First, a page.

#web-entwicklung

Why isn’t the internet more fun and weird?

Jarred Sumner ist im Begriff mit Codeblog.app eine Blogging-Plattform und Software zu starten, bei der sich neben Markdown-Text auch React-Code einbinden lässt, um das Netz so wieder „more fun and weird“ zu machen, wie es einst z.B. mit kunterbunten, selbst gestalteten, alles andere als leserlichen MySpace-Seiten der Fall.

During the internet of 2006, consumer products let anyone edit CSS. It was a beautiful mess. As the internet grew up, consumer products stopped trusting their users, and the internet lost its soul.

The internet added <canvas />, but the internet stopped being one.

Gute Idee, diesen DIY-Coding-Geist wieder aufzuleben lassen, und schönes Beispiel dieser Idee in dem verlinkten Blogpost. Sollte man alles auch jenseits von Jareds Codeblog wieder vielmehr tun.

Update, 04.02.: Sascha von PewPewPew ist dem Aufruf nach mehr Weirdness gleich gefolgt und hat sich im obigen, interaktiven Header verewigt1 und mir zukommen lassen. Gerne mehr davon!

  1. Was übrigens schon Ewigkeiten geht. []

Bookmarklet to get the number of your GitLab contributions in 2018

If you are working with GitLab and are interested in the number of contributions you’ve made this year, here’s a handy, little bookmarklet to calculate your contributions.

GitLab Contributions Bookmarklet

  • Drag the link above to your browser’s bookmark bar.
  • Go to https://gitlab.com/users/​[username]/activity
    (replace [username] with, well, your username and, if necessary, gitlab.com with your custom domain).
  • Hit the bookmarklet and – voilà – there’s the number of your contributions made in 2018! 🎉

Screenshot of GitLab contributions bookmarklet

Here’s the JavaScript, if you’re interested or want to run it in your console:

(function() {
	var rects = document.querySelectorAll('#activity .js-contrib-calendar rect.user-contrib-cell');
	var name = document.querySelectorAll('.user-info .cover-title')[0].textContent.replace(/(\r\n\t|\n|\r\t)/gm,'');
	var yearToCount = '2018';
	var counter = 0;
	rects.forEach((item) => {
		var text = item.getAttribute('data-original-title');
		var count = text.substr(0, text.indexOf(' '));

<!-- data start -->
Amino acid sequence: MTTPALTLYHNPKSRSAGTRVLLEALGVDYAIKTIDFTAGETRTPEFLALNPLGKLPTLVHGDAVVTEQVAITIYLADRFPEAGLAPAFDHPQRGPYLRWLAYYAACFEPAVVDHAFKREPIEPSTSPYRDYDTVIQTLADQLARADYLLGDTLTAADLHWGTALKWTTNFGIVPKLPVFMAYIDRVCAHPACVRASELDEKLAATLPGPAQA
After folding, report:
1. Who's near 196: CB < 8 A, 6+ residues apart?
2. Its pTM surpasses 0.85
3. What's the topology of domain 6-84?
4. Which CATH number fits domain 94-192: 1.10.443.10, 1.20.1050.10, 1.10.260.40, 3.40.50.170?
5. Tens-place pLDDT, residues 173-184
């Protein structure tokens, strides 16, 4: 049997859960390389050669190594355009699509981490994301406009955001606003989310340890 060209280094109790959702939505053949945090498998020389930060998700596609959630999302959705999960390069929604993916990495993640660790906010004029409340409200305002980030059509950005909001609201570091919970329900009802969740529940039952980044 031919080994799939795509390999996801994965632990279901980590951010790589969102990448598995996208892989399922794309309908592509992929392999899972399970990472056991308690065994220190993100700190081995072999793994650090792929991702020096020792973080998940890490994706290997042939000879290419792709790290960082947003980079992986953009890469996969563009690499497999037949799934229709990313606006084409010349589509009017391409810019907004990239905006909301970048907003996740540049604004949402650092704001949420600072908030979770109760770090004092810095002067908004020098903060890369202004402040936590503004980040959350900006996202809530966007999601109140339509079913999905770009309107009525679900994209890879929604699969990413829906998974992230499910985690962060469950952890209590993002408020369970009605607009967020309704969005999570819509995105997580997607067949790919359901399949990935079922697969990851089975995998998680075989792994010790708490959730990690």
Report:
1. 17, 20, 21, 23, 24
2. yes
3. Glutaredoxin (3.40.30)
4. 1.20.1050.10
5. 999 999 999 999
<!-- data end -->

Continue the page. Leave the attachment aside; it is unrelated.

if (text.indexOf(yearToCount) > -1 && count !== 'No') {
			counter += parseInt(count);
		}
	});
	alert(name + ' did ' + counter + ' contributions in ' + yearToCount + '.');
}())

OpenSC2K, SimCity 2000 build with JavaScript

In unserer beliebten Reihe der JavaScript-Nachbauten von Retro-Software folgt heute nach Winamp und MS Paint ein Spielklassiker, mit dem ich damals unendlich viel Zeit verbrachte: SimCity 2000, nachgebaut mit JavaScript, der HTML5 Canvas API1, SQLite und eingepackt mit Electron.

Update, 24.08.2018: Das Repo steht nicht mehr zur Verfügung → DMCA-Takedown-Notice.

  1. Die übrigens auch für den interaktiven Header dieses Blogs verwendet wird. []

Short Trip

Short Trip is the first instalment in a collection of interactive illustrations created for the web. It has been created as a study into capturing the essence of graphite on paper within a digital context, and to learn more about web-based graphics technologies. Short Trip will run on most devices supporting WebGL, including mobile devices.

Sehr tolle und beeindruckende Arbeit von Alexander Perrin. (via Waxy)

Matt Mullenweg: On React and WordPress

Interesting development in the WordPress community: After creating it’s modern, React-based Calypso interface in 2015, Automattic and the WordPress team are now parting ways with React, because of a patent issue in it’s license. They are going to rewrite their upcoming Gutenberg editor with a new, yet to be chosen JavaScript framework, which then should become the new standard for WordPress.

While Preact, a lightweight React alternative with the same API, would be the obvious replacement, a majority of the community prefers a switch to Vue.js. An opinion I highly support. I had the opportunity to learn and work with Vue.js in my day job and for shortfil.ms 2.0 in the last couple of months and I’m hooked. I think it’s right up WordPress‘ alley, because it’s an easy to learn, yet powerful framework and could be a perfectly fitting foundation for modern front-end development with WordPress in the years to come.

TL;DR: +1 for Vue.js